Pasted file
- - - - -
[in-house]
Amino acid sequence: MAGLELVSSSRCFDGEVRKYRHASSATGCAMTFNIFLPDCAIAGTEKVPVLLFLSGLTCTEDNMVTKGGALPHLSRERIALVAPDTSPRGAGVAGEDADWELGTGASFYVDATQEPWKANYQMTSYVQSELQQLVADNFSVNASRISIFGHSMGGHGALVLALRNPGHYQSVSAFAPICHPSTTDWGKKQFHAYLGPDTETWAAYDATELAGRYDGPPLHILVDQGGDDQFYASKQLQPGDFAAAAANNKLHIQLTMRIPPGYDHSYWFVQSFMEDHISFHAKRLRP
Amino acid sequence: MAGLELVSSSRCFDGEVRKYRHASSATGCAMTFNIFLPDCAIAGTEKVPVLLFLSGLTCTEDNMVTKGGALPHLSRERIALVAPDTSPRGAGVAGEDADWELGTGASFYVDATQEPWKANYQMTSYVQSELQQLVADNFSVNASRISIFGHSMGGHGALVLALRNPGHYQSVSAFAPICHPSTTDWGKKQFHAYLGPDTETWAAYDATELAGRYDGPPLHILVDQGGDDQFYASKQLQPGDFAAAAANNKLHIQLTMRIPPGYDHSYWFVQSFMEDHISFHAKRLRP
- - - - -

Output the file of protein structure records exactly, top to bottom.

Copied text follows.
[in-house]
Amino acid sequence: MAGLELVSSSRCFDGEVRKYRHASSATGCAMTFNIFLPDCAIAGTEKVPVLLFLSGLTCTEDNMVTKGGALPHLSRERIALVAPDTSPRGAGVAGEDADWELGTGASFYVDATQEPWKANYQMTSYVQSELQQLVADNFSVNASRISIFGHSMGGHGALVLALRNPGHYQSVSAFAPICHPSTTDWGKKQFHAYLGPDTETWAAYDATELAGRYDGPPLHILVDQGGDDQFYASKQLQPGDFAAAAANNKLHIQLTMRIPPGYDHSYWFVQSFMEDHISFHAKRLRP
Amino acid sequence: MAGLELVSSSRCFDGEVRKYRHASSATGCAMTFNIFLPDCAIAGTEKVPVLLFLSGLTCTEDNMVTKGGALPHLSRERIALVAPDTSPRGAGVAGEDADWELGTGASFYVDATQEPWKANYQMTSYVQSELQQLVADNFSVNASRISIFGHSMGGHGALVLALRNPGHYQSVSAFAPICHPSTTDWGKKQFHAYLGPDTETWAAYDATELAGRYDGPPLHILVDQGGDDQFYASKQLQPGDFAAAAANNKLHIQLTMRIPPGYDHSYWFVQSFMEDHISFHAKRLRP